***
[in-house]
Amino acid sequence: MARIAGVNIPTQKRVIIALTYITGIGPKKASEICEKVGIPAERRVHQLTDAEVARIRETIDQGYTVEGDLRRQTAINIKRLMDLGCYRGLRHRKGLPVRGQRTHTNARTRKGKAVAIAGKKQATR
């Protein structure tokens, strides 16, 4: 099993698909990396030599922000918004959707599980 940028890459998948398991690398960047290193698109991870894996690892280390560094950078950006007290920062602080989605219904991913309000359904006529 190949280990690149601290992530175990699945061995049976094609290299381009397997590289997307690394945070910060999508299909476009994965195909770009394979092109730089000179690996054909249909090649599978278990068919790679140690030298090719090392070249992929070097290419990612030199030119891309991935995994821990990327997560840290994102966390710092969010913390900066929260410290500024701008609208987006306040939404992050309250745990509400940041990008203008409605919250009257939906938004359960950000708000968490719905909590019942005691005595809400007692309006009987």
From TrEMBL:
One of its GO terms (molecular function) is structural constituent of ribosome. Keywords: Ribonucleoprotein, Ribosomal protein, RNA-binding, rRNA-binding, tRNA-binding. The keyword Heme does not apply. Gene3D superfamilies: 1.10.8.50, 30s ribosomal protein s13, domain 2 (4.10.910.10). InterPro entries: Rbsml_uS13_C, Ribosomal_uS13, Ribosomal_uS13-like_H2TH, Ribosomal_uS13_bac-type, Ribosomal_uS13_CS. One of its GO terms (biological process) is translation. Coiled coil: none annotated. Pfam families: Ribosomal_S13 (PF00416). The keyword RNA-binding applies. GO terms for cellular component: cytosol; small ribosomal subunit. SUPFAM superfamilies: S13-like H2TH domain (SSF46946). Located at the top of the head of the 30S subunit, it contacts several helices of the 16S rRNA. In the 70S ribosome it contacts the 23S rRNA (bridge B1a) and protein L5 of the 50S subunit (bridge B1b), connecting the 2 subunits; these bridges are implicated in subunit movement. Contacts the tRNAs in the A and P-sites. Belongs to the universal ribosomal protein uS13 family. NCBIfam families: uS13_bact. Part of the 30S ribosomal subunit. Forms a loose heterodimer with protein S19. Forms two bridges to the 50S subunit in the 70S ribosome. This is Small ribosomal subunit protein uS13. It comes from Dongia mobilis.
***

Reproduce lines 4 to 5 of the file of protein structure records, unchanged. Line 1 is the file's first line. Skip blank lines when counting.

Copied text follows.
From TrEMBL:
One of its GO terms (molecular function) is structural constituent of ribosome. Keywords: Ribonucleoprotein, Ribosomal protein, RNA-binding, rRNA-binding, tRNA-binding. The keyword Heme does not apply. Gene3D superfamilies: 1.10.8.50, 30s ribosomal protein s13, domain 2 (4.10.910.10). InterPro entries: Rbsml_uS13_C, Ribosomal_uS13, Ribosomal_uS13-like_H2TH, Ribosomal_uS13_bac-type, Ribosomal_uS13_CS. One of its GO terms (biological process) is translation. Coiled coil: none annotated. Pfam families: Ribosomal_S13 (PF00416). The keyword RNA-binding applies. GO terms for cellular component: cytosol; small ribosomal subunit. SUPFAM superfamilies: S13-like H2TH domain (SSF46946). Located at the top of the head of the 30S subunit, it contacts several helices of the 16S rRNA. In the 70S ribosome it contacts the 23S rRNA (bridge B1a) and protein L5 of the 50S subunit (bridge B1b), connecting the 2 subunits; these bridges are implicated in subunit movement. Contacts the tRNAs in the A and P-sites. Belongs to the universal ribosomal protein uS13 family. NCBIfam families: uS13_bact. Part of the 30S ribosomal subunit. Forms a loose heterodimer with protein S19. Forms two bridges to the 50S subunit in the 70S ribosome. This is Small ribosomal subunit protein uS13. It comes from Dongia mobilis.